When you see BlackBerry 10 being demonstrated, it doesn’t look all that revolutionary, at least until you look a little closer. Then you realize that you’re able to do things on this new touch-screen device you can’t do with other smartphones.
You have an always-available unified messaging app that’s user-configurable. There’s a new on-screen keyboard that looks easier to use than what you find on other phones. The device is fully capable of multitasking.
Perhaps the most important and most overlooked feature will be the ability to do most things with one finger. What RIM has done with their new QNX user interface is really implement effective one-finger gestures. The idea is that you’ll be able to use the phone and operate it with your thumb while you do something else, like walk through an airport.
These are among the details that RIM CEO Thorsten Heins revealed about BlackBerry 10 at the BlackBerry Jam developers conference in San Jose, Calif., that began on Sept. 25. During his presentation, Heins gave a series of intriguing looks into how the new OS will work. In his presentation, Heins explained that the new OS uses what the company calls “Flows,” which are those one-fingered gestures. Meanwhile, always in the background is something called the BlackBerry Hub.
The BlackBerry Hub is something like features on other smartphones, including the current generation of BlackBerry devices that feature a unified inbox that keeps email, text messages, twitter notifications and the like in a single folder. But on the current BlackBerry OS 7.1, these duties are split between a folder and a pull-down list, both of which list some of the same things. However, the pull down list, which you get to by touching your finger to a narrow bar at the top of the screen, will now remain open in the background, and you’ll be able to decide what goes there.
When you’re doing something like browsing the Web or reading email, you use a gesture to slide open one side of the screen to reveal the BlackBerry Hub. There you can see relevant emails, meetings, social network messages or whatever you’re looking for. Apparently this can all be organized so that all of the information for an event appears in one spot, eliminating the opening of various apps that you’d normally have to do.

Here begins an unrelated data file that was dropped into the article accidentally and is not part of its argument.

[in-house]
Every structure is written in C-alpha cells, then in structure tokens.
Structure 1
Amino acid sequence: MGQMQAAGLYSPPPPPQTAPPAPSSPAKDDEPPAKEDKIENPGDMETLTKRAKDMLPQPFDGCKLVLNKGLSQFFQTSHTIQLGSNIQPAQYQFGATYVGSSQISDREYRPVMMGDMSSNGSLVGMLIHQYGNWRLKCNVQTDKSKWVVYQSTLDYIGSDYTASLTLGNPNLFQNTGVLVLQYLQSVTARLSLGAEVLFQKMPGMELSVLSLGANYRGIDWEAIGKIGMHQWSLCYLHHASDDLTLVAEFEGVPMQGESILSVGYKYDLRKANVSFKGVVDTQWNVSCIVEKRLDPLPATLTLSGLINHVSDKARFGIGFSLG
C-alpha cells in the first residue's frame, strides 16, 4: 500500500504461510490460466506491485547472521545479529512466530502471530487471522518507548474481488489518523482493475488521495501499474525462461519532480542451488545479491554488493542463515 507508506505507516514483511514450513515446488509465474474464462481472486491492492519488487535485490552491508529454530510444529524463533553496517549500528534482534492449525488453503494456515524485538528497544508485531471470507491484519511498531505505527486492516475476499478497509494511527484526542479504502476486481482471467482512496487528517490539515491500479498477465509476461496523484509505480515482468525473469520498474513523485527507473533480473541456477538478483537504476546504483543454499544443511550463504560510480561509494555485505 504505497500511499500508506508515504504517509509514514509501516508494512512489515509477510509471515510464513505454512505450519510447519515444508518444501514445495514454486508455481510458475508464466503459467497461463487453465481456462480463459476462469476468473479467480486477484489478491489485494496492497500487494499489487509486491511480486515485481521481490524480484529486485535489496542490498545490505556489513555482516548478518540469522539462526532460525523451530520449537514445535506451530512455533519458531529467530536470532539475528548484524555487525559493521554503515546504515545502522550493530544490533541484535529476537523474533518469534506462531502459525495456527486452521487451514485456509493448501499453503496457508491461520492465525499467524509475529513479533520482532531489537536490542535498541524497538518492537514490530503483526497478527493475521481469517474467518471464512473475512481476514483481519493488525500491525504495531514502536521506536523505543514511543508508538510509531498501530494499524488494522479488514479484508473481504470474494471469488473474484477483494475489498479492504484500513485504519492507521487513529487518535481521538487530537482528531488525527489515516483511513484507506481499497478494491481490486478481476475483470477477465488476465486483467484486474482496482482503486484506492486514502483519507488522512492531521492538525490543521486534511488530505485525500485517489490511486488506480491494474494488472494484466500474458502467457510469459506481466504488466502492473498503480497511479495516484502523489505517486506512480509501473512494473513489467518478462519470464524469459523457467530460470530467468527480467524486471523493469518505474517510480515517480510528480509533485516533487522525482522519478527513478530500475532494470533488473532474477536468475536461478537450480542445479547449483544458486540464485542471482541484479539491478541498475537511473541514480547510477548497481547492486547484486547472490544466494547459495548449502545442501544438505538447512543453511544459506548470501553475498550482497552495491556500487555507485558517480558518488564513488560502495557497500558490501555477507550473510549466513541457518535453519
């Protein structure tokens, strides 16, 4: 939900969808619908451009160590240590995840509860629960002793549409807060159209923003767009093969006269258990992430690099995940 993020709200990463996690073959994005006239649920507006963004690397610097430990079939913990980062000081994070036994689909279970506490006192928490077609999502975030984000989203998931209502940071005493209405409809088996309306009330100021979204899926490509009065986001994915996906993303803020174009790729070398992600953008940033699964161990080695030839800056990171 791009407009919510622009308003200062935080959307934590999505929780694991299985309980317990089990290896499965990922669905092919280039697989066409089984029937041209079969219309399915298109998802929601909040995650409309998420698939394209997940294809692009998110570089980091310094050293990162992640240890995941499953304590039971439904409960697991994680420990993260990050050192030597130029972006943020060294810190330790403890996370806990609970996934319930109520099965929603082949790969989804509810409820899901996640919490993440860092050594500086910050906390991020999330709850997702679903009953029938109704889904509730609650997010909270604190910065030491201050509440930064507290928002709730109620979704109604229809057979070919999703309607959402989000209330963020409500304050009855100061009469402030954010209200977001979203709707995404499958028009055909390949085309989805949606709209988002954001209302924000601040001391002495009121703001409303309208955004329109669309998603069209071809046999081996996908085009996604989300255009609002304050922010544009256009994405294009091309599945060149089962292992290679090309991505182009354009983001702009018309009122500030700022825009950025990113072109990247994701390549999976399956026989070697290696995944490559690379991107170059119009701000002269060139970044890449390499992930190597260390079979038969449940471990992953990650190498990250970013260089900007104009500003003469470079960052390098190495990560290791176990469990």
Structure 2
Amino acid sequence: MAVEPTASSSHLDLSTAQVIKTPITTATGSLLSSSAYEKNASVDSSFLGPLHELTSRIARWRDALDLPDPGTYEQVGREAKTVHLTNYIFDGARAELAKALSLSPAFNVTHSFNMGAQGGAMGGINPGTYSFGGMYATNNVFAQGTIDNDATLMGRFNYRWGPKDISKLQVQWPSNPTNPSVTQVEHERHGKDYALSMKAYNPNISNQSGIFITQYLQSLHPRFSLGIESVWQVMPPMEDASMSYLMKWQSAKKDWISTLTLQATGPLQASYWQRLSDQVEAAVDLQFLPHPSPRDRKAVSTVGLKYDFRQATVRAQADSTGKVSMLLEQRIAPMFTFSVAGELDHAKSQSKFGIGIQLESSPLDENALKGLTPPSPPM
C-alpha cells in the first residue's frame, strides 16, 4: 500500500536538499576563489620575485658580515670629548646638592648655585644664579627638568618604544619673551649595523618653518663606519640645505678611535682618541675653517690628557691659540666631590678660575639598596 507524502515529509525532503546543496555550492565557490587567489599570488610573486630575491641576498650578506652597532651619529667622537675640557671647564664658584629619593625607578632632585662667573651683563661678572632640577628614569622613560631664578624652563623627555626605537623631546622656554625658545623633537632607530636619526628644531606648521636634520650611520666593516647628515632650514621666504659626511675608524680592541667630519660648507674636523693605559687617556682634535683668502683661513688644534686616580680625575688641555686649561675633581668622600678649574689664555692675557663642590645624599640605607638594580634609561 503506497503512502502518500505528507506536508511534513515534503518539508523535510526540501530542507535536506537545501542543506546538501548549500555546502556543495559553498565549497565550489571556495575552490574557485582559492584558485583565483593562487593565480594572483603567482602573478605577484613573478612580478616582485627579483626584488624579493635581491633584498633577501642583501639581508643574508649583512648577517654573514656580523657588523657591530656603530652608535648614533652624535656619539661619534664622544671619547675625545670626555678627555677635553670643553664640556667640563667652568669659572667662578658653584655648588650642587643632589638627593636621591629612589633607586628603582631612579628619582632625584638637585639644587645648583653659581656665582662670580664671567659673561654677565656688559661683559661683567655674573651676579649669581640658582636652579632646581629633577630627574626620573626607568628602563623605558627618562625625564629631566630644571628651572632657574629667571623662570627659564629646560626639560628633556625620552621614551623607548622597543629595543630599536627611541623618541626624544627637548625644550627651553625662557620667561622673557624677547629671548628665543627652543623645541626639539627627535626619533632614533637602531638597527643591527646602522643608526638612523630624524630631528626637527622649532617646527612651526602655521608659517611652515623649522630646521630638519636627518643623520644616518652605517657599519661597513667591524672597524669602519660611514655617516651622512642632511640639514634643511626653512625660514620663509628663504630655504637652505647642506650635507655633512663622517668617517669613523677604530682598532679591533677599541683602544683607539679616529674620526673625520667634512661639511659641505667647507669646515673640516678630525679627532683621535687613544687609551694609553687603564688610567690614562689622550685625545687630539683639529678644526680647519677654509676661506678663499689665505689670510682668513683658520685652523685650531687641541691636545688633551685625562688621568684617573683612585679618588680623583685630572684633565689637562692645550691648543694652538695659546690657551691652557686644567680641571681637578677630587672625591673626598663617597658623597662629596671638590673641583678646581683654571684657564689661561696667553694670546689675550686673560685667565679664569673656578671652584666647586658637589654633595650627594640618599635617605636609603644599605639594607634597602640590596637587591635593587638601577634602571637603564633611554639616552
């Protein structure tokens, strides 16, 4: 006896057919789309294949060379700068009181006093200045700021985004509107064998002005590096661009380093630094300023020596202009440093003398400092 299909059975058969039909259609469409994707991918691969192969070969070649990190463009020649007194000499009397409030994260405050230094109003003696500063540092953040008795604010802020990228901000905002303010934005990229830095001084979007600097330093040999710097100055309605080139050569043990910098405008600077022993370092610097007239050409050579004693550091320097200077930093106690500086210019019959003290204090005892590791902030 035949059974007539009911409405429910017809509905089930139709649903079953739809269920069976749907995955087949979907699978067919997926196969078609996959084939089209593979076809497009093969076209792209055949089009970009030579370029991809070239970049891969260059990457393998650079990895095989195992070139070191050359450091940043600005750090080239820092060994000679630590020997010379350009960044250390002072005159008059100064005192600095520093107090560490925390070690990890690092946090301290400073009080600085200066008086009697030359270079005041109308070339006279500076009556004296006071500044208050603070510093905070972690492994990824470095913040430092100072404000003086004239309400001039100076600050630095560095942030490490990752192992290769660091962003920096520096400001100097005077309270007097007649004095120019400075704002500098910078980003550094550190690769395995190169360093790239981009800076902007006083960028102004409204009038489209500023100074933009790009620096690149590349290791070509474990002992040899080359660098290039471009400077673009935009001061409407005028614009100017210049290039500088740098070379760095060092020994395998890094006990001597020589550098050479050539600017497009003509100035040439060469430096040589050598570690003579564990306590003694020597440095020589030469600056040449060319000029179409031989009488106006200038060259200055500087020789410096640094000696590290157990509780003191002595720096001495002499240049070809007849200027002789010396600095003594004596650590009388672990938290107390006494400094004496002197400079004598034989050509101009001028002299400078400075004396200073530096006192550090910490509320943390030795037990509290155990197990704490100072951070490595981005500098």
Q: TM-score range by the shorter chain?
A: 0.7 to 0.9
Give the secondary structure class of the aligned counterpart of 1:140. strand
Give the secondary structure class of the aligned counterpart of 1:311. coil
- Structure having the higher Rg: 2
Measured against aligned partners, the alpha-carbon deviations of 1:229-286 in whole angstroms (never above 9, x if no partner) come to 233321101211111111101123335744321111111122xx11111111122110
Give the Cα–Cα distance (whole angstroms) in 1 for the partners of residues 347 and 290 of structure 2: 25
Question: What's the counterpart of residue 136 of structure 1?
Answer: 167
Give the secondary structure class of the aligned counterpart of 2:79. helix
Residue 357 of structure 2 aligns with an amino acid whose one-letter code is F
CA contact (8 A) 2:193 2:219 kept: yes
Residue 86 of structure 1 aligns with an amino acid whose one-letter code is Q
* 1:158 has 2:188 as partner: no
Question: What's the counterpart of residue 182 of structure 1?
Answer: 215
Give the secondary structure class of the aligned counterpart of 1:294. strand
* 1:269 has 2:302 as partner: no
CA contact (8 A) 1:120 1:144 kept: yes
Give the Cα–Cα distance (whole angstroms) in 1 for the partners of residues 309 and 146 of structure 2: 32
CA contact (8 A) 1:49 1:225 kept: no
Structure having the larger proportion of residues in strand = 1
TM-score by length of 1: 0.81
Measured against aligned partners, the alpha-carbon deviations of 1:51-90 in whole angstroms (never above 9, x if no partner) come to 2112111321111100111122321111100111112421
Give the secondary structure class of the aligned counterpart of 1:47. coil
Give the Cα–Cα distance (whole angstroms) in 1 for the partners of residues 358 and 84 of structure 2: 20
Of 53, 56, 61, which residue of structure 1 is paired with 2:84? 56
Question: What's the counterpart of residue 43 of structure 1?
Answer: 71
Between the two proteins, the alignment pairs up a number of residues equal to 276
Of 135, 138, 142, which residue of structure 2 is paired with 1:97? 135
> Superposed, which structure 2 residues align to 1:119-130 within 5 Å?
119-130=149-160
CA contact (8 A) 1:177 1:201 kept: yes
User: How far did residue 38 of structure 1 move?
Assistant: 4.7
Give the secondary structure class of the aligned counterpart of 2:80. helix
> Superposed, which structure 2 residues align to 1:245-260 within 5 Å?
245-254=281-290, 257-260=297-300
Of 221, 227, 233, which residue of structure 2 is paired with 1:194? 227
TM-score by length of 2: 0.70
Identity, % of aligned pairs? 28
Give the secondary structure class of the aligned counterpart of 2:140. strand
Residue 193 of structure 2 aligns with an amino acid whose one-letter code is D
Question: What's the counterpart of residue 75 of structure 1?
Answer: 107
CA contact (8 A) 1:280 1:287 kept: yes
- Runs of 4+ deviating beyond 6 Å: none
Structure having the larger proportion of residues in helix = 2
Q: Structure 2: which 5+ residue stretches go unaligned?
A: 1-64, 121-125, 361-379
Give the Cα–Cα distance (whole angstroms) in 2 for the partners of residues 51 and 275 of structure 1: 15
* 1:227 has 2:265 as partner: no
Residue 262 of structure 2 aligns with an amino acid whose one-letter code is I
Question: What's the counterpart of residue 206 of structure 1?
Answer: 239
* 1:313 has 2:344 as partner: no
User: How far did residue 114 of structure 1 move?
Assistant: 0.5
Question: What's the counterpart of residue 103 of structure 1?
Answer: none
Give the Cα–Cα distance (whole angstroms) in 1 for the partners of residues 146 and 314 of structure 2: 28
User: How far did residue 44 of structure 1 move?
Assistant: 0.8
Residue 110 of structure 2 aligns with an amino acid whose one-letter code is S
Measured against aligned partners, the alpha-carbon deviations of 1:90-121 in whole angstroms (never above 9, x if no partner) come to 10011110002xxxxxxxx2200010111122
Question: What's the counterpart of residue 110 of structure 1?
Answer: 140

There’s also a similar “Peek” function that will let you look at another screen while you’re doing something else. For example, you can look at a Web page while typing an email. According to Heins, this activity is enhanced by a new browser which RIM is claiming is the fastest in the industry.
The new BlackBerry 10 user interface looks a little more like the Windows Phone tiles than like Apple’s or Android’s icons. On the BlackBerry they’re called frames and it doesn’t appear that you can resize them as you can with Windows Phone. However, the frames do contain active content similar to the Microsoft active tiles. You can move the frames around with those single-finger gestures.
Whether the BlackBerry 10’s user interface is easier or more intuitive than what you’ll find on the iPhone or the Windows Phone remains to be seen since RIM isn’t handing out models to the press. However, I did notice during the demo that it sometimes took a couple of tries to get the screen to respond to gestures, but it’s important to remember that this is alpha hardware. The finished version will surely operate more smoothly.
Heins did note a couple of critical facts about BlackBerry and its development world. First, the company is offering a $10,000 bonus to any app developer who gets their BlackBerry 10 app into BlackBerry App World by mid-January and manages to sell just $1,000 worth of apps by the end of the year. Obviously the idea is to get as many apps available as possible by the time BlackBerry 10 launches, with the idea that selling enough to qualify for the bonus will help keep quality up.
The fact that both the BlackBerry 10 device and the BlackBerry PlayBook both run QNX should help encourage developers. But perhaps what’s more important about RIM’s new focus on apps is the understanding of the ecosystem that this demonstrates. A shortage of useful apps kept the PlayBook tablet from being a huge hit, and it has hurt earlier models of BlackBerry devices as well. If RIM can launch the BlackBerry 10 device with hundreds of thousands of apps already available, it’ll do a lot to convince existing customers not to stray to Apple’s iPhone.
Of course, Heins did point out one other benefit that BlackBerry devices bring to the table that Apple does not. The new, thinner, lighter BlackBerry devices will still use the same USB power connectors and the same micro-SIM cards currently in use in most other smartphones. Users won’t have to pay thirty bucks just to buy an adapter to make their accessories work.